THE MAGIC OF PRINTING THINGS – the newest book on 3D printing reviewed in 3Ds
Iris van Herpen is one of the first fashion designers who work with 3D techniques. In the conversation with Jan Kedves (‘Talking Fashion’ by Prestel reviewed lately by BOA) she says: “Sometimes when I’m trying to find out how I can create a certain structure, working with 3D print really opens my mind and suddenly gives me an idea which other material I could use and how I could handle it – so 3D printing really inspires my work.” Van Herpen’s designs are sculptural masterpieces, especially that the designer is not afraid of experimenting with synthetics. 3D printing obviously has also numerous practical applications for scientific field. Furthermore, it's successfully used in designing furniture or everyday objects. The technology pushes the boundaries and seems to have no limits at all in bringing solutions in many areas of our life. ‘Printing Things. Visions and Essentials for 3D Printing’ edited by Claire Warnier, Dries Verbruggen, Sven Ehmann and Robert Klanten gives us not only an insight into the technical aspect but also an overall view of what is possible to achieve with 3D printing. The book reflects the potential of 3D printing, it’s:
DESIRABLE I once heard someone saying that if we step back from the bubble of hype surrounding 3D printing, we’ll notice many obstacles. The authors of ‘Printing Things’ succeed in presenting wide perspective that includes both possibilities and challenges. It gives an introduction to the materials, processes and printers (technical vocabulary looks fairly complicated). The chapter on the theory, apart from details on creating prototypes (many tips how to DIY) and manufacturing (including the newest technologies), points out important issues like authorship or copyright, which I find valuable. The authors pose important questions on the future of traditionally manufactured goods and analyse various fields where 3D printing is used or tested, including extremely promising medical applications. “Uniqueness and customization is something that 3D printing excels at”. Whether the technology is applied for printing tailor-made prostheses or design objects, it can either save one’s life or make it more attractive. ‘Printing Things’, embracing the subject in a complex way, is a highly appealing publication.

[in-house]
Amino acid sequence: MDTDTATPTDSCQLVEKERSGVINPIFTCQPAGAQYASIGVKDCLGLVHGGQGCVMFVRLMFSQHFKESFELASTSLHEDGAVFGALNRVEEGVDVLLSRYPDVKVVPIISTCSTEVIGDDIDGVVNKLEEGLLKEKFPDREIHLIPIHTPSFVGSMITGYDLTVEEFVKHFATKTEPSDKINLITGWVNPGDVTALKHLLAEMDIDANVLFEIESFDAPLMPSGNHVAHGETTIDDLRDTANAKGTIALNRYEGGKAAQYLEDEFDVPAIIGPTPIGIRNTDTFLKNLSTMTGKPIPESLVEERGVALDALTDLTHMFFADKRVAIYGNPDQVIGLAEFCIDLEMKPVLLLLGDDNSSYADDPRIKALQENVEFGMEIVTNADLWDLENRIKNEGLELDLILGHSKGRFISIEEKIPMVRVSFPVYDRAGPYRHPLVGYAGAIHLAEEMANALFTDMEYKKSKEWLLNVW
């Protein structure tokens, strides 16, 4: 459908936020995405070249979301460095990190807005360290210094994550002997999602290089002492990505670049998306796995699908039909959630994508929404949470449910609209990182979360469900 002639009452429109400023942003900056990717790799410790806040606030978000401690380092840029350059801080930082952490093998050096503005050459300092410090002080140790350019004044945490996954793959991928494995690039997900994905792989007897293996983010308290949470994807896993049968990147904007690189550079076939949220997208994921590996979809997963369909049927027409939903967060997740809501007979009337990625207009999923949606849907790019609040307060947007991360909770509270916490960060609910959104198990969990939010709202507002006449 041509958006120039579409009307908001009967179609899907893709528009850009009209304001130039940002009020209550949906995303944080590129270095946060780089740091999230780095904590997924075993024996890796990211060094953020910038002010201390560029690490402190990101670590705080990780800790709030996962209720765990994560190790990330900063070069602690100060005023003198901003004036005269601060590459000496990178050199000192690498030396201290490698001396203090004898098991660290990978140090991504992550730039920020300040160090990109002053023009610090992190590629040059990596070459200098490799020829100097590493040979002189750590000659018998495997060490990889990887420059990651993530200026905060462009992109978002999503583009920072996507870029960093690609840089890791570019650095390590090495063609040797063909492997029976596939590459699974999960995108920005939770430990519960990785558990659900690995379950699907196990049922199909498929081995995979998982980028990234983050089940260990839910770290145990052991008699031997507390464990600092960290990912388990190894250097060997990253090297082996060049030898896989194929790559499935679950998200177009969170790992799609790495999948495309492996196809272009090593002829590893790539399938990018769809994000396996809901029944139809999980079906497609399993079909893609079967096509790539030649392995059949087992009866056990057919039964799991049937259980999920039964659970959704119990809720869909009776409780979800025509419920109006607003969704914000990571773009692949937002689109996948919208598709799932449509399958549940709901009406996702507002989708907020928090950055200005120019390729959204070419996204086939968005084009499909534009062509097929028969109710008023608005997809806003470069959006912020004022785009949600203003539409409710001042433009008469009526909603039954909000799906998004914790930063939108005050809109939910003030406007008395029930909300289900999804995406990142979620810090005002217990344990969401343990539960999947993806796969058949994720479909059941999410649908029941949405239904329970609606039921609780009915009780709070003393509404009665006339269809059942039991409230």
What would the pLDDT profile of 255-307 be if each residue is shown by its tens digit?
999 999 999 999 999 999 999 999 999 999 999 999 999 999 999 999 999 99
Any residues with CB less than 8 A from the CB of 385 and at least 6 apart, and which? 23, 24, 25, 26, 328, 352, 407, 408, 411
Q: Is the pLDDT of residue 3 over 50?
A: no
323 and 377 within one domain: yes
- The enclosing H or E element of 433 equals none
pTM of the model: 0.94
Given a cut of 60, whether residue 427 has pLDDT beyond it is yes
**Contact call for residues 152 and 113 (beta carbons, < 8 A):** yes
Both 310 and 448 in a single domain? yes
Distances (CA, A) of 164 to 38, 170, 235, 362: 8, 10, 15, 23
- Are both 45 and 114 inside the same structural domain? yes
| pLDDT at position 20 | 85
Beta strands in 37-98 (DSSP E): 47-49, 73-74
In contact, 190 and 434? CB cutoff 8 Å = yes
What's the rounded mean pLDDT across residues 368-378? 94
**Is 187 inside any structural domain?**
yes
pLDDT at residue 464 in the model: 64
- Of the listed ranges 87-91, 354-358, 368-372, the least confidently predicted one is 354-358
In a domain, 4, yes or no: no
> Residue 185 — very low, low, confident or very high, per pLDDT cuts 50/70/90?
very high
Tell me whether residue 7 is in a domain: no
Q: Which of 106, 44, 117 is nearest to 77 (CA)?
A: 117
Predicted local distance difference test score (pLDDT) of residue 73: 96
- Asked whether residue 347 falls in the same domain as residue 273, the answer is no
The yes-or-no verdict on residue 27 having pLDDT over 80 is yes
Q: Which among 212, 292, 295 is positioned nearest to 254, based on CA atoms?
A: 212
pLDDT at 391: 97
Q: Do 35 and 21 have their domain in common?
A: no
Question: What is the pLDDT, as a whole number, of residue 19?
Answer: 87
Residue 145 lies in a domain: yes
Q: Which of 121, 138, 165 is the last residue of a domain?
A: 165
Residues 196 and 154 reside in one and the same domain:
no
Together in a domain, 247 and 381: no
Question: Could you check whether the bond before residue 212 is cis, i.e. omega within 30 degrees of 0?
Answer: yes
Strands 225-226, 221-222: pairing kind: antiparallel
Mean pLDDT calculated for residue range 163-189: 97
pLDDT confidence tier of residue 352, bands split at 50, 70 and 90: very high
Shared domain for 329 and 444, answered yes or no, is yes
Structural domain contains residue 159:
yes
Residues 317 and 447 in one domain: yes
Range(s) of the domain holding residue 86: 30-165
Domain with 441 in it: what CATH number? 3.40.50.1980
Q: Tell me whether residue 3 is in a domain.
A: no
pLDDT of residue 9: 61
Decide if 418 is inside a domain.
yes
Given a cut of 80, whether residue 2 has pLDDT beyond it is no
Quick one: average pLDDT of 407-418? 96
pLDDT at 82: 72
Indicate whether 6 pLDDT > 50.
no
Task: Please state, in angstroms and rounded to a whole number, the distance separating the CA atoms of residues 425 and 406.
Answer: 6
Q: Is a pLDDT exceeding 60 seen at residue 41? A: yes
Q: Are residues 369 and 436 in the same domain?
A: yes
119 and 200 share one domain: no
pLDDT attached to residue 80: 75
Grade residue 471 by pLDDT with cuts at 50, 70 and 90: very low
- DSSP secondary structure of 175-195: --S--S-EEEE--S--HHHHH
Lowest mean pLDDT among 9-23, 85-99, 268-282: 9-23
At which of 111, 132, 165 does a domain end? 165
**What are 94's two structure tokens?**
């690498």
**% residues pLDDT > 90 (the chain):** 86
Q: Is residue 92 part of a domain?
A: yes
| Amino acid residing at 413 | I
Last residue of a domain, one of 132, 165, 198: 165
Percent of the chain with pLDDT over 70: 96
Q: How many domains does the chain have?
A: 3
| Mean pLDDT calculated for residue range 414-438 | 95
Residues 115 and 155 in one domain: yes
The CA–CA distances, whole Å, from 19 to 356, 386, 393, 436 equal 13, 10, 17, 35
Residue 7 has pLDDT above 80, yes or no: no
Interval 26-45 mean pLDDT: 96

DAZZLING The largest part of the book is the most thrilling one as it features lots of case studies presenting actual projects, from their inception to the final results. Some are truly breath-taking and it’s so interesting to have a sneak peek of the creation process. Imagine a photo booth where instead of a photo you receive printed miniature figurines in a frame or personalized toys based on children’s drawings or flexible lightning inspired by nature (Patrick Jouin’s Bloom) or the flow of water materialized in a printed vase (poetic design by Fung Kwok Pan), let alone sophisticated hand prosthetic or clothing based on biological skins (by my favourite Iris van Herpen). Sounds cosmic? In 3D printing the creativity, supported by the technology, is simply illimitable. Through the courtesy of Gestalten, I’m presenting some of the most remarkable projects but believe me, it’s just a small part of what you can find in the book:
DELIGHTFUL The book is interesting not only from the content point of view but also design-wise. Reading ‘Printing Things’ is an enjoyable and quite a dynamic experience – the theory is divided into small portions, all chapters, topics, subheadings are clearly outlined (great help in navigation) and the case studies richly illustrated. It’s transparent and fun. All those 3D wonders are so inspiring that may result in making you feel like creating your own pieces. Who knows, perhaps you’ll join the group of trendsetters featured in the book? There is a hint on page 16 how you can check the location of the nearest printing point…
All images courtesy of the Publisher - from Printing Things, Copyright Gestalten 2014